Meaning of EXACT in English

EXACT

I. igˈzakt, eg- verb

( -ed/-ing/-s )

Etymology: Middle English exacten, from Latin exactus, past participle of exigere to drive out, demand, exact (payment), weigh, measure, from ex- ex- (I) + -igere (from agere to drive, lead, act, do) — more at agent

transitive verb

1. : to demand and force or compel (payment, surrender, concession, performance, compliance) : wring , extort , wrest

from them has been exacted the ultimate sacrifice — D.D.Eisenhower

qualms which exacted rites of expiation — John Dewey

2. : to require despite difficulty or reluctance : call for as necessary, appropriate, or desirable

a task so delicate exacts the scholar and philosopher — B.N.Cardozo

3. archaic : to draw (as a meaning) out : extract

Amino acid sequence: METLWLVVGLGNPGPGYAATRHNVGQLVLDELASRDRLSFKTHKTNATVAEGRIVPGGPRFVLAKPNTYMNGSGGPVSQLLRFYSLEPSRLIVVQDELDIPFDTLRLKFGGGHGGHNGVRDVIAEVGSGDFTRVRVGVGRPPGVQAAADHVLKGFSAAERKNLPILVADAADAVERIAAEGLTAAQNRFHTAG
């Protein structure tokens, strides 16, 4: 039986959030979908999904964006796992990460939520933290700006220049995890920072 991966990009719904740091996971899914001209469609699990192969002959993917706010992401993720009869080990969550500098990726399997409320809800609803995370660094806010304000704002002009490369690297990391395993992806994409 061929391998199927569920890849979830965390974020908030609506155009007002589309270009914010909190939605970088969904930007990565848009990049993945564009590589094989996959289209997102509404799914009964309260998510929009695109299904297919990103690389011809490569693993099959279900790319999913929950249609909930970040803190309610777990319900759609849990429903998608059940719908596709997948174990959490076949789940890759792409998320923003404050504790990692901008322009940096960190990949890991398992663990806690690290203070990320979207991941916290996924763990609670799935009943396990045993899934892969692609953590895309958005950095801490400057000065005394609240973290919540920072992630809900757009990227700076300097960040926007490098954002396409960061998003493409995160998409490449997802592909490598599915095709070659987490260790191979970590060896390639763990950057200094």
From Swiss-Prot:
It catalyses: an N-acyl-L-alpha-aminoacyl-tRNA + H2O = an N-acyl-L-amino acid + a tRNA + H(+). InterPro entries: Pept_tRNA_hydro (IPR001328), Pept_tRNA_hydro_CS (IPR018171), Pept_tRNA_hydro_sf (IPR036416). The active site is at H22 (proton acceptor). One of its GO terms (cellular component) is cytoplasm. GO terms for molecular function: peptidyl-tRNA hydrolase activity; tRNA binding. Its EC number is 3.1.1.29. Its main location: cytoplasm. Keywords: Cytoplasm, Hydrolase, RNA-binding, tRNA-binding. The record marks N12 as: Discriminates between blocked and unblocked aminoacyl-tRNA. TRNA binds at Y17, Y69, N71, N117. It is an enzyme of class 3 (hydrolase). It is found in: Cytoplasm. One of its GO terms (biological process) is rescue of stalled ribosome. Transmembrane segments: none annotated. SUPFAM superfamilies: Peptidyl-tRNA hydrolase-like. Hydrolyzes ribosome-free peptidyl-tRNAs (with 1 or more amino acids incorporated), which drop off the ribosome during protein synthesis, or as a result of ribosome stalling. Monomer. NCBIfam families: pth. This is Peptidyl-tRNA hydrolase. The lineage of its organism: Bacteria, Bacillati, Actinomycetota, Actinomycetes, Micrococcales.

intransitive verb

obsolete : to practice exaction

Synonyms: see demand

II. adjective

( often -er/-est )

Etymology: Latin exactus, from past participle of exigere

1. : exhibiting or characterized by strict, particular, and complete accordance with fact, truth, or an established standard or original : devoid of any addition, subtraction, or other variation from fact or a standard

the exact time

not only is exact description difficult — Aldous Huxley

an exact account of the quarrel

extremely exact in conduct

2. : characterized or marked by thorough consideration or minute measurement of small factual details usually leading to incontestably true conclusions : not incomplete or approximate

a power of intuition greater than that of an exact investigator — Havelock Ellis

the exact measurements of physical science

Synonyms: see correct

Webster's New International English Dictionary.      Новый международный словарь английского языка Webster.